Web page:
Equipping God's People to Create Missional Culture

What Evangelicals Can Learn from Feminists

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We need to go beyond the issue of ordination and just having more ministry opportunities for women, we need to deconstruct both the structure (patriarchalism) as well as the male centered point of view (androcentrism) if we want to see the church live to her sacred potential. Some of the ways we can do that is by “reclaiming history”. It has been said that those in power are the ones who write history, thus history has often been written from the male perspective. In “reclaiming history” we need to discover afresh the voices of women in the history of the church that have been muffled or pushed to the sidelines. In addition, Fiorenza and Russell help us recognize that we need to move from a hierarchical and exclusive structure to a more decentralized and inclusive one. Russell pictures the church as a big table of fellowship where all are welcome. This image of the church helps us to remember that authority is circular, shared and local. In addition women joining with other liberationist theologians to do a theology from below, which means that we are to make space at the table for those the dominant culture has marginalized, or who the dominant culture considers “less than human.” A rich contribution of feminist readers of scripture is that they have helped recapture a robust approach to salvation. They have rescued it from a “privatized, futurized and restricted to a chosen few” understanding towards a more holistic and relational approach, recognizing that salvation is the restoration of shalom – the way things ought to be.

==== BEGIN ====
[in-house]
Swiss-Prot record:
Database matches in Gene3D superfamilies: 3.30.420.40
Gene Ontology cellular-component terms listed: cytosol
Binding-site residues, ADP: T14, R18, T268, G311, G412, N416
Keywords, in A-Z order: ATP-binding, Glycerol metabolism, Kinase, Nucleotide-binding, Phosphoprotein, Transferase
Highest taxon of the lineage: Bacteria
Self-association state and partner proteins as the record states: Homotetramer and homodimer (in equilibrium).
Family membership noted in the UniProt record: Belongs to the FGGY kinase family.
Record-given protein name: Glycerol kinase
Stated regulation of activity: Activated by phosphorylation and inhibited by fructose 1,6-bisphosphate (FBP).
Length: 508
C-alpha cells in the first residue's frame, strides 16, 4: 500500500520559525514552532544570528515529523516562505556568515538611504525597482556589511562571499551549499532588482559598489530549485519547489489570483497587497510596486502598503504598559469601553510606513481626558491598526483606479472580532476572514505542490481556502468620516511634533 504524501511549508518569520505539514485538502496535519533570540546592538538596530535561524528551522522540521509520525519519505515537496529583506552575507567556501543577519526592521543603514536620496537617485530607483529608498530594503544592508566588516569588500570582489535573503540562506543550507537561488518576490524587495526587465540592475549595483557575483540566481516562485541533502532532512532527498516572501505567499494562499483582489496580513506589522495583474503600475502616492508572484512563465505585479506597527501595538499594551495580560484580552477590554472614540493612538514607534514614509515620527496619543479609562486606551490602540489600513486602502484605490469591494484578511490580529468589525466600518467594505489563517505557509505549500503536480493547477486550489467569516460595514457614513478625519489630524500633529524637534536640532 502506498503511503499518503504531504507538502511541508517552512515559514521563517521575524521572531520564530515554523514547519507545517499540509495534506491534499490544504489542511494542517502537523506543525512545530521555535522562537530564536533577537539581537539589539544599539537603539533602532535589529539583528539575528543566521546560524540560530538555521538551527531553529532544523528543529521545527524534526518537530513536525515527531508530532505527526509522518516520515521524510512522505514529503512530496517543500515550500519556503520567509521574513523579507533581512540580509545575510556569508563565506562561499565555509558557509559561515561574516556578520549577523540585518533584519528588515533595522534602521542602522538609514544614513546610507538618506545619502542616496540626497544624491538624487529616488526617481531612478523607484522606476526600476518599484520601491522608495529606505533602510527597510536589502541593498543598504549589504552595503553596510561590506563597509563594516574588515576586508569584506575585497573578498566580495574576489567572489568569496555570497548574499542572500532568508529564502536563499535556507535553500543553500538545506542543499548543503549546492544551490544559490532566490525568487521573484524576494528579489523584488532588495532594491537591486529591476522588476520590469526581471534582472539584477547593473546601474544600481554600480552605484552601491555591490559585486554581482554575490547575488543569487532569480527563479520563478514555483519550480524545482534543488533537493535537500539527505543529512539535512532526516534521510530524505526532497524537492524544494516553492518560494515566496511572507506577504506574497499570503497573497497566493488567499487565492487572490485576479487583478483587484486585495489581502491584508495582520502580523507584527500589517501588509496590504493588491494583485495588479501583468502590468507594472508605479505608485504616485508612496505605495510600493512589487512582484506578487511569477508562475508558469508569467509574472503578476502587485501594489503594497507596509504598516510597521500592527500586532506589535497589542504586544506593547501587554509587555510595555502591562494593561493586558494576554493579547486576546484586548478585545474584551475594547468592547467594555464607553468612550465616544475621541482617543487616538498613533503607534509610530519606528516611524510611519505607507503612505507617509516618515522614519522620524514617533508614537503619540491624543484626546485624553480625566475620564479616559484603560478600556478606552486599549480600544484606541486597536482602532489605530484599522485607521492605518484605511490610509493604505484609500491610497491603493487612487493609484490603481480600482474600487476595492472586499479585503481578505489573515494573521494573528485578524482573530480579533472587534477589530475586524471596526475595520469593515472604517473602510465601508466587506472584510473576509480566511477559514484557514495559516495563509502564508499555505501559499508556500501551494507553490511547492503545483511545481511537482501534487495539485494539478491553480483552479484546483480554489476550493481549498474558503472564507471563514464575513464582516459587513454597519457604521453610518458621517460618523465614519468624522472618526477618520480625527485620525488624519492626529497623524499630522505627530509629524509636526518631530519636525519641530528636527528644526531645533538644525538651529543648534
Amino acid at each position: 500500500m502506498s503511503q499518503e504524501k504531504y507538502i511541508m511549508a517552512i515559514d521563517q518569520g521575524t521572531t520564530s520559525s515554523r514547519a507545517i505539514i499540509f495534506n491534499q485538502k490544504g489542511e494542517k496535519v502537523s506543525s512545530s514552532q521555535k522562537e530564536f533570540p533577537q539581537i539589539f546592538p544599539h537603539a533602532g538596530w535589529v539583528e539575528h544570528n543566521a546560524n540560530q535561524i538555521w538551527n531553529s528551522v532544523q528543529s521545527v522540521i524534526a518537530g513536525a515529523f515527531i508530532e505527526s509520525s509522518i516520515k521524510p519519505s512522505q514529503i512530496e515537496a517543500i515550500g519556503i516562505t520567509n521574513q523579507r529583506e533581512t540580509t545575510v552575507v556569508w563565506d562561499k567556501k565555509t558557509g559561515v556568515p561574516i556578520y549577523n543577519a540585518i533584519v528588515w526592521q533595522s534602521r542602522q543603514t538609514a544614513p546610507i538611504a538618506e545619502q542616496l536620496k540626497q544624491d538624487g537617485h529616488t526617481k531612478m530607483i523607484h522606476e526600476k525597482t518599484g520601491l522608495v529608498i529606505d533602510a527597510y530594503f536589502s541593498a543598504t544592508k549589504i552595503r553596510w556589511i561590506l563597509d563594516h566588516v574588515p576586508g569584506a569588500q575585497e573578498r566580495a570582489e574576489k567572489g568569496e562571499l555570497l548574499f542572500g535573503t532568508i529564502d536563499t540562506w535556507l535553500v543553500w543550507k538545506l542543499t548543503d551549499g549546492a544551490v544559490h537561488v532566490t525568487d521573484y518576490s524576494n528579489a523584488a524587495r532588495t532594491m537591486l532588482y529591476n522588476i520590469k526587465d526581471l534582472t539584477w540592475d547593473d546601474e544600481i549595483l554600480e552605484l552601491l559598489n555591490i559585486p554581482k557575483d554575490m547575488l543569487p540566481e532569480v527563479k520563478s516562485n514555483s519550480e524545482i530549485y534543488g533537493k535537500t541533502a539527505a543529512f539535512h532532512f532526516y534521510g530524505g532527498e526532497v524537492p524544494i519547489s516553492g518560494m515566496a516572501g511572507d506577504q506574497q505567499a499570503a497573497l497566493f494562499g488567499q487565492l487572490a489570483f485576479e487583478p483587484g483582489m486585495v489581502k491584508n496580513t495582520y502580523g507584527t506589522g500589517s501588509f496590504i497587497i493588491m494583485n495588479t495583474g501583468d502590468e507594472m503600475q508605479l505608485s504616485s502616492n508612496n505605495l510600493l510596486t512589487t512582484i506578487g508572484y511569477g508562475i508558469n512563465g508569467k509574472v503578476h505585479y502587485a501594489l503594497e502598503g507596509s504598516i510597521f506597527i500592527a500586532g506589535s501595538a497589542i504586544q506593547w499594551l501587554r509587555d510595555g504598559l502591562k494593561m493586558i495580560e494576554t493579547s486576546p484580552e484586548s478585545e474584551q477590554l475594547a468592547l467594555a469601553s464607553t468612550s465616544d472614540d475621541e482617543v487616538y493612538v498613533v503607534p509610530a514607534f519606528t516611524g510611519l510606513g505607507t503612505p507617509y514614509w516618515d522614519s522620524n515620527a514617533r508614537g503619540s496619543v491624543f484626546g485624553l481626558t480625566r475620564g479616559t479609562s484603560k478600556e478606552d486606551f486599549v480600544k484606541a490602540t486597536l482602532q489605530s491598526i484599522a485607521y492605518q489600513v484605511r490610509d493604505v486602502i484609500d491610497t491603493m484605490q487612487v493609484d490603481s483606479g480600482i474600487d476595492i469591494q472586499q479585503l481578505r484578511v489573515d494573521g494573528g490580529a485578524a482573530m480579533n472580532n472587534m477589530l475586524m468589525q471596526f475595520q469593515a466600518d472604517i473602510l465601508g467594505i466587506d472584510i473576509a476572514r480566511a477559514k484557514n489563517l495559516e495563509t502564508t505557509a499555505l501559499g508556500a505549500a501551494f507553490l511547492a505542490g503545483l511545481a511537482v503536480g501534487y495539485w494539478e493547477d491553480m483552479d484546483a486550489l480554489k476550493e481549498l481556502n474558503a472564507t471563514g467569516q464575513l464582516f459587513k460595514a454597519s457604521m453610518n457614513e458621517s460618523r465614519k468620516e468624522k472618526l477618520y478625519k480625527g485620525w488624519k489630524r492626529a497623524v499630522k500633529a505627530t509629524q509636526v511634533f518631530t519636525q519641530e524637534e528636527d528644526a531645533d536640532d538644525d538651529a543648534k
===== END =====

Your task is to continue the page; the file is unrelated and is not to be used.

Foirenza emphasizes that church government ought to deal with the practical needs of accountability, participation and communication. The idea that authority ought to be exercised within instead of above is liberating, and defining function of leadership to be about enabling, focusing, facilitating, inspiring, empowering and challenging is helpful.

As I reflect on the contribution that women are making to the church, I am reminded that this goes way beyond the ordination issue. It deals with the entire ethos of the church. The issue of the ordination of women is more of a symptom that needs to be tackled in our larger theological approach. When scripture says that God created us in his image, “male and female” he created them, we should be reminded if we are going live to our sacred potential as a church we need to see everything with fresh eyes. Because some of us have lived with just one eye (male view) we need to work hard at recovering the other eye (female view) if we hope to see shalom realized on earth as it is in heaven. If we want to wake up our sleepy eye to see the full salvation of God, we would do well to lend our ears to listen to more women.

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